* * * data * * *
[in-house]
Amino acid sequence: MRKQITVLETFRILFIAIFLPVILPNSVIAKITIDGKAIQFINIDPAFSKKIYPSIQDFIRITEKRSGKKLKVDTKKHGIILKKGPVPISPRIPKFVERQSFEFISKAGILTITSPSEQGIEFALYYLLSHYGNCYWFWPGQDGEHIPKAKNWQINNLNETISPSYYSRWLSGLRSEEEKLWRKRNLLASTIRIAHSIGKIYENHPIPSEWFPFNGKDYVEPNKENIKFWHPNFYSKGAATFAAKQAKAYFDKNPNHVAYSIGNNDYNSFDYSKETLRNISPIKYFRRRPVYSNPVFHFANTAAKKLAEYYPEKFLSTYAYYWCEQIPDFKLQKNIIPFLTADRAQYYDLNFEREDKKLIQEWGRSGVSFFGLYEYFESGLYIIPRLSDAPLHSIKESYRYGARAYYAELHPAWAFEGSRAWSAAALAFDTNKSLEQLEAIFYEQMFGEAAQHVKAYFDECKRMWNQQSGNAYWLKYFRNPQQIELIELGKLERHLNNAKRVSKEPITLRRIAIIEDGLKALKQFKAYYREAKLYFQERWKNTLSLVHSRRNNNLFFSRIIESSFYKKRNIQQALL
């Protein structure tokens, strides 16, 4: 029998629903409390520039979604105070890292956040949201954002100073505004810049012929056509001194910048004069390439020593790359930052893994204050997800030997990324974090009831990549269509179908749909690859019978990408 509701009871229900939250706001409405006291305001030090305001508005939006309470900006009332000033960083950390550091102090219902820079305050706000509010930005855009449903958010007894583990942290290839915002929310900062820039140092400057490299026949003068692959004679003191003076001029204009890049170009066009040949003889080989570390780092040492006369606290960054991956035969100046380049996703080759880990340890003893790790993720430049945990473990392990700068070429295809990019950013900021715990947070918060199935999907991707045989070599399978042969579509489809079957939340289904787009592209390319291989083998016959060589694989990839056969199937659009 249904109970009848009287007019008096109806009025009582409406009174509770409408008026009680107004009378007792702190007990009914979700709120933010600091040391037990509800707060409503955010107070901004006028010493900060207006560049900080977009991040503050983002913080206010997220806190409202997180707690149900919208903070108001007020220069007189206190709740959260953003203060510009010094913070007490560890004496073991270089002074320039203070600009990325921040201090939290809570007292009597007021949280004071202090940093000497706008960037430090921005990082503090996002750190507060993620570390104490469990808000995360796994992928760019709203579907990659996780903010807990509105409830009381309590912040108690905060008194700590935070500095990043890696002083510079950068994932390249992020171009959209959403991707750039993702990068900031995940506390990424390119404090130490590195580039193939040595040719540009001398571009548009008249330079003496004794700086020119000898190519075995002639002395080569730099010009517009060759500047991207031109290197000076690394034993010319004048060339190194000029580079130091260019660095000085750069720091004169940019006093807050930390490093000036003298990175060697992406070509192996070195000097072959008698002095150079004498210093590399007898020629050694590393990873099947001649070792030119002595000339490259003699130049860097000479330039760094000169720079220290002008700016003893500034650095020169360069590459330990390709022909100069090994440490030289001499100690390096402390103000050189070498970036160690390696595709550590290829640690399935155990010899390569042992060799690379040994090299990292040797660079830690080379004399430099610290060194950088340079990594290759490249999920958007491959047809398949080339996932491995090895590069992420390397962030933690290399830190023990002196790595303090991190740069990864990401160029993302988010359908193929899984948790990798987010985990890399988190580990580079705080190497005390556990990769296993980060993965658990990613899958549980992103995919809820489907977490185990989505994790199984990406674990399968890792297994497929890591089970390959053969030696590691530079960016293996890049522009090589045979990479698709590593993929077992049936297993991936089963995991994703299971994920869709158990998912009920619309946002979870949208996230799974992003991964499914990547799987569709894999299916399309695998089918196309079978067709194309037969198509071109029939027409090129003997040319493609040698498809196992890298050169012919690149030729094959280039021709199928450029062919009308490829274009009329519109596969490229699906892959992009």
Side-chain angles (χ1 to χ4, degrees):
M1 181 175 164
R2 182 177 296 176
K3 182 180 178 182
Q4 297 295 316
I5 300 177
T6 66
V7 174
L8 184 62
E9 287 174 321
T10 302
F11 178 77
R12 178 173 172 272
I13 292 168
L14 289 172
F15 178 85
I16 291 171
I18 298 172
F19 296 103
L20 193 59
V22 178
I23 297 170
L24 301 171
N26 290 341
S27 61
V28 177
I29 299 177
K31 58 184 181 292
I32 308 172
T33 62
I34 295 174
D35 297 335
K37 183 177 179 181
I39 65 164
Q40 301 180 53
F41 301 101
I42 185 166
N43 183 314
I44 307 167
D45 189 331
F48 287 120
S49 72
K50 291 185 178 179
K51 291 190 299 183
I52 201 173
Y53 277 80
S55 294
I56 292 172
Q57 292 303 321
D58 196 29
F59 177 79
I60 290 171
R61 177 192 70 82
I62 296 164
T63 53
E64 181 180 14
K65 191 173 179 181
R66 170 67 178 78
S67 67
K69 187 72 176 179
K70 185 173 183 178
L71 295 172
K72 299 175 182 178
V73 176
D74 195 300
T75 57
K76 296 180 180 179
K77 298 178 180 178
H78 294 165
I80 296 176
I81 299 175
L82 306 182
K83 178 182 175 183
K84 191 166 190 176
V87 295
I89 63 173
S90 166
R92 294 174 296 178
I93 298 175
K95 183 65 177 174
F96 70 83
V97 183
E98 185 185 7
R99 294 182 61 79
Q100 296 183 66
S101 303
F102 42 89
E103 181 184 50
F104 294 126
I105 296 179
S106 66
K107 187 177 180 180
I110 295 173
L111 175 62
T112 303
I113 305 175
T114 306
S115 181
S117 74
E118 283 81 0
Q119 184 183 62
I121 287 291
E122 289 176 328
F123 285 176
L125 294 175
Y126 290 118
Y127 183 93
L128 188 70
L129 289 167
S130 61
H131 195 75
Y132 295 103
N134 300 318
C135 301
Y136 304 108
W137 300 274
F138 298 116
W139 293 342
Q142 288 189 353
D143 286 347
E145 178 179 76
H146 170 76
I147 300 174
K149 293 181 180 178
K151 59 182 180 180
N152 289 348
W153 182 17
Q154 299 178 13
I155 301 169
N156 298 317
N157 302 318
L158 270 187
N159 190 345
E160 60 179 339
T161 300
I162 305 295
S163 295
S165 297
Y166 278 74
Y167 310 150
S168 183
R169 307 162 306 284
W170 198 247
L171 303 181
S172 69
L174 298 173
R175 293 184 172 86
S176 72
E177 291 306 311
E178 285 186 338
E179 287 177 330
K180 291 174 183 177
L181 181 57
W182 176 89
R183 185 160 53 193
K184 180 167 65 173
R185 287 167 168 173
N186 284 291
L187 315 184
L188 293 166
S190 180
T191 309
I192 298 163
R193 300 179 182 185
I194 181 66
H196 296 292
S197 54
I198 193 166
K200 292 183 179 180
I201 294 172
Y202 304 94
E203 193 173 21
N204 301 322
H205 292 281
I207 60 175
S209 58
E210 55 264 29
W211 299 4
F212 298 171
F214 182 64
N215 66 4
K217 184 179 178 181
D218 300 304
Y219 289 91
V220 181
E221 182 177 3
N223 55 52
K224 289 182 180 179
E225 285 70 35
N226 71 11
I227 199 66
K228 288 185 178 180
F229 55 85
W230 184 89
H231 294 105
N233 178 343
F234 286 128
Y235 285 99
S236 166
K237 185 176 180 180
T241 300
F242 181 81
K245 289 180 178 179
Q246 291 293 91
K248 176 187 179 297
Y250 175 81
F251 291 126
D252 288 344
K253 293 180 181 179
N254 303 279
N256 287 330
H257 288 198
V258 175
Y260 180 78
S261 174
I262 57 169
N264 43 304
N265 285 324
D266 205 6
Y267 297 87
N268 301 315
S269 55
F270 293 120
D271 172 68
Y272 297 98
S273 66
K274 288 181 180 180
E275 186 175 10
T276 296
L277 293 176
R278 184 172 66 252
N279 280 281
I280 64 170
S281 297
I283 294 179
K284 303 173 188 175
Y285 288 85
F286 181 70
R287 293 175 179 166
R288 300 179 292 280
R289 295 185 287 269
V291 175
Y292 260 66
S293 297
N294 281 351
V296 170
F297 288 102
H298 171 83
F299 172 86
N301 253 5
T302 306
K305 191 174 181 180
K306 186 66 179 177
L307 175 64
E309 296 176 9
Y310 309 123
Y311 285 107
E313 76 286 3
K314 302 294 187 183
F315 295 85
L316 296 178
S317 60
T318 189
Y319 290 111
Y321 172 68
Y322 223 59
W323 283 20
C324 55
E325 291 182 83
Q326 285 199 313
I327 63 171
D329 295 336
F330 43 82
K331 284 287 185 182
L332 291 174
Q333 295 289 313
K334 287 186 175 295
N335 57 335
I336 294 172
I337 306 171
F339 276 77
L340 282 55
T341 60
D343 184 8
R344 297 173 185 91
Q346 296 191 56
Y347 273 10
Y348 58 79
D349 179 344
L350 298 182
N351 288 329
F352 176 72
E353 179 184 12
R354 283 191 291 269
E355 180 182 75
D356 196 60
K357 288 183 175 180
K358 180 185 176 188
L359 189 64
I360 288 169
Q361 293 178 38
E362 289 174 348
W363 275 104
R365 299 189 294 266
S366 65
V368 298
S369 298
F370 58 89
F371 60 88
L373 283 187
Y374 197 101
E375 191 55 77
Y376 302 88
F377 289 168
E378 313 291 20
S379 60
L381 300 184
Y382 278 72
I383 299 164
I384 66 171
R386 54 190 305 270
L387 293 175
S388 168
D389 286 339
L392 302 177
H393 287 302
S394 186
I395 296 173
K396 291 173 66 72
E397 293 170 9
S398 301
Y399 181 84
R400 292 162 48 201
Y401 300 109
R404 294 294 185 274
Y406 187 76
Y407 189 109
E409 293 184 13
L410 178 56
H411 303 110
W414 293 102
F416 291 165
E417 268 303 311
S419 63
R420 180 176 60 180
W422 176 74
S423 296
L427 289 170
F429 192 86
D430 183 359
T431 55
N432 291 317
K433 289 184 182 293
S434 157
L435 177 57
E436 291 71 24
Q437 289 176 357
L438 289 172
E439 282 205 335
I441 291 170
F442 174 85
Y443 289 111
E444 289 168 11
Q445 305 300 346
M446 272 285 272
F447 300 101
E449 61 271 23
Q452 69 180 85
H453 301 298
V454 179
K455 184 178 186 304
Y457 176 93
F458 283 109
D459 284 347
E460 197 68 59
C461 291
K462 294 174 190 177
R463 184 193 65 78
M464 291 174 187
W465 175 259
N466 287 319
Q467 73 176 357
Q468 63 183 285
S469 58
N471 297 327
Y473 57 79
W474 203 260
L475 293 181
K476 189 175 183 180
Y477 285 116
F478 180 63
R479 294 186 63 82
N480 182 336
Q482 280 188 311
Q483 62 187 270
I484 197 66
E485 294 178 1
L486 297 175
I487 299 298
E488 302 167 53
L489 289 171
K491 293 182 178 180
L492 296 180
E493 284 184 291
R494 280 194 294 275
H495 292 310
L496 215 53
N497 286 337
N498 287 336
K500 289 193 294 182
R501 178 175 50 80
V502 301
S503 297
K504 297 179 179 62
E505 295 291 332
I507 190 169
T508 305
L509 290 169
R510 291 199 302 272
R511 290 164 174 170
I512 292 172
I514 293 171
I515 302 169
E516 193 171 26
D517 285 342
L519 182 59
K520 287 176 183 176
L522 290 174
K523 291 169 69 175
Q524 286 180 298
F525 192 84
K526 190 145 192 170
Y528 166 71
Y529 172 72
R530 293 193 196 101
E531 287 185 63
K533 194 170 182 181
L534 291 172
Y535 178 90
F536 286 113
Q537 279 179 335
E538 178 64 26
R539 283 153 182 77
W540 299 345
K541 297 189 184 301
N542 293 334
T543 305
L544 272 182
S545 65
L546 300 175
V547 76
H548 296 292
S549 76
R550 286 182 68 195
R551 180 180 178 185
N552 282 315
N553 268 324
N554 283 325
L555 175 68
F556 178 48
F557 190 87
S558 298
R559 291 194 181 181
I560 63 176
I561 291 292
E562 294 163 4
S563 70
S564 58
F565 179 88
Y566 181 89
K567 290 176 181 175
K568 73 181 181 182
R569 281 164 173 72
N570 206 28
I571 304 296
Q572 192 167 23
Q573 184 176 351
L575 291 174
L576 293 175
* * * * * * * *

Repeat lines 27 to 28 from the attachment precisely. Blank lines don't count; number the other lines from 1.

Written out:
N26 290 341
S27 61